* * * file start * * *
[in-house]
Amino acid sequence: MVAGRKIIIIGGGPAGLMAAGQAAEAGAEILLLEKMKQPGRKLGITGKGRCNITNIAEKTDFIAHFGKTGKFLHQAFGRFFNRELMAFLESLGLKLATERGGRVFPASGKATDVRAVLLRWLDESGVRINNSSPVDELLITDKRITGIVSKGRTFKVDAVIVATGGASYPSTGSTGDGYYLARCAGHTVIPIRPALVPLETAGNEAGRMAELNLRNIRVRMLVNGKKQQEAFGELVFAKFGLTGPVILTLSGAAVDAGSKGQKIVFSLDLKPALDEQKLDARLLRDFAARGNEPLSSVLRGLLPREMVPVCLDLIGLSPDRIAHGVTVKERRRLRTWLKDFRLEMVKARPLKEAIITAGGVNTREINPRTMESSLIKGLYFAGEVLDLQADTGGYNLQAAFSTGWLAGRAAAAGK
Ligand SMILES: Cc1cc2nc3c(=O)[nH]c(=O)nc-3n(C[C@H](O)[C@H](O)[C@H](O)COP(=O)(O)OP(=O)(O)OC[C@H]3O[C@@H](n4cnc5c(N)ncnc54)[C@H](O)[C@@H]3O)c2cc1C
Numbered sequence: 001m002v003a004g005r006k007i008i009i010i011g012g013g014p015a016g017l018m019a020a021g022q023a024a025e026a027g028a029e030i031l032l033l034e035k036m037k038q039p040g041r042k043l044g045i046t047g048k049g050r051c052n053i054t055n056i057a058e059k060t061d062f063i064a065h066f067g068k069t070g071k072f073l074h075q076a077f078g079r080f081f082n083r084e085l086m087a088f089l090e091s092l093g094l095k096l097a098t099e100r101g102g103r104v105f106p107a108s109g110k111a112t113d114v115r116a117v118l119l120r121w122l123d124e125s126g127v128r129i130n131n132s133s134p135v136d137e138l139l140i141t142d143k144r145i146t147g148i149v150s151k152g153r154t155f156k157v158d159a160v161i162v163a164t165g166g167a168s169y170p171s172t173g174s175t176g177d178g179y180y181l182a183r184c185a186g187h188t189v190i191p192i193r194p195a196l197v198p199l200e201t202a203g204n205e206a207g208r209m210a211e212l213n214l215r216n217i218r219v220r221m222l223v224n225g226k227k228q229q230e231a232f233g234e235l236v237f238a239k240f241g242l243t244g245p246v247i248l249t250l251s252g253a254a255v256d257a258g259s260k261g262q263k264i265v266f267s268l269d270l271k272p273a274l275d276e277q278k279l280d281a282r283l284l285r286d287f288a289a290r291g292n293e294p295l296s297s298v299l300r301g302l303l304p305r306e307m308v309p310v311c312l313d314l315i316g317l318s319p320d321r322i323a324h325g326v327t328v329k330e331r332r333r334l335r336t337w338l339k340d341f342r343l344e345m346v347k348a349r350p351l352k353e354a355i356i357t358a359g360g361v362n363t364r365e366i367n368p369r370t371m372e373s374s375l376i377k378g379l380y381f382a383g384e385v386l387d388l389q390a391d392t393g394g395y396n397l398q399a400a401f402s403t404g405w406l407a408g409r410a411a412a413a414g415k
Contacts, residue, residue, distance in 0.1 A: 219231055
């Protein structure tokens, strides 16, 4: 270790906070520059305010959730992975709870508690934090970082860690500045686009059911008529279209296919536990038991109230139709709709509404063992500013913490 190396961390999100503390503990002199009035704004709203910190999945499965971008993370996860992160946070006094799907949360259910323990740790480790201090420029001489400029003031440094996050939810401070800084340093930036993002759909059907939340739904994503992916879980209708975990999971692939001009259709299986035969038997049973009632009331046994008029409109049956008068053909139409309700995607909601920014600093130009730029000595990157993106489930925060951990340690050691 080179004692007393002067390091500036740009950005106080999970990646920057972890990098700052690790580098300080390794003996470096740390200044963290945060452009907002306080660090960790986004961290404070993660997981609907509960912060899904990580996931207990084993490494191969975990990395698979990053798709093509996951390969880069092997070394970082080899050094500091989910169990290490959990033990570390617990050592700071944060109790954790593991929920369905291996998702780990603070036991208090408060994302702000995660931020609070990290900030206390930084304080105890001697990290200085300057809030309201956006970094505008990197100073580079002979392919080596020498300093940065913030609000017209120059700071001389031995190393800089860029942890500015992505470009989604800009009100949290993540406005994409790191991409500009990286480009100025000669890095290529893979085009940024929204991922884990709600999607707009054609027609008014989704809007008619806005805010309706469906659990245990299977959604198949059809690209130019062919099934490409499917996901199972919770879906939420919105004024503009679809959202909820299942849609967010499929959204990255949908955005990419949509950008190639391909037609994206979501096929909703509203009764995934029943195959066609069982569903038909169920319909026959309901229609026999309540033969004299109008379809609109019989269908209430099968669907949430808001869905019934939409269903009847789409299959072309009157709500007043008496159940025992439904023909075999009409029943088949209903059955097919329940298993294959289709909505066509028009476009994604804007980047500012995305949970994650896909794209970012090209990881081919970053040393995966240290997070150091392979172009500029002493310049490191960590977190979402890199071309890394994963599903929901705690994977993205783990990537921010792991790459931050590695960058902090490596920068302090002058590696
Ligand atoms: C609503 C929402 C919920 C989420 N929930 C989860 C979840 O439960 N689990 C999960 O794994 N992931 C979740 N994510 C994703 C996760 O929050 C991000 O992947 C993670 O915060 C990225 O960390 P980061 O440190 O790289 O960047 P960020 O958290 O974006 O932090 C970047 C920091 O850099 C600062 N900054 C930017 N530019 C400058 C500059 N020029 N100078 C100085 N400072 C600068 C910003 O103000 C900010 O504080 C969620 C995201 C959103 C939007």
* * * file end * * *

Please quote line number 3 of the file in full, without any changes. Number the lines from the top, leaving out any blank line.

Ligand SMILES: Cc1cc2nc3c(=O)[nH]c(=O)nc-3n(C[C@H](O)[C@H](O)[C@H](O)COP(=O)(O)OP(=O)(O)OC[C@H]3O[C@@H](n4cnc5c(N)ncnc54)[C@H](O)[C@@H]3O)c2cc1C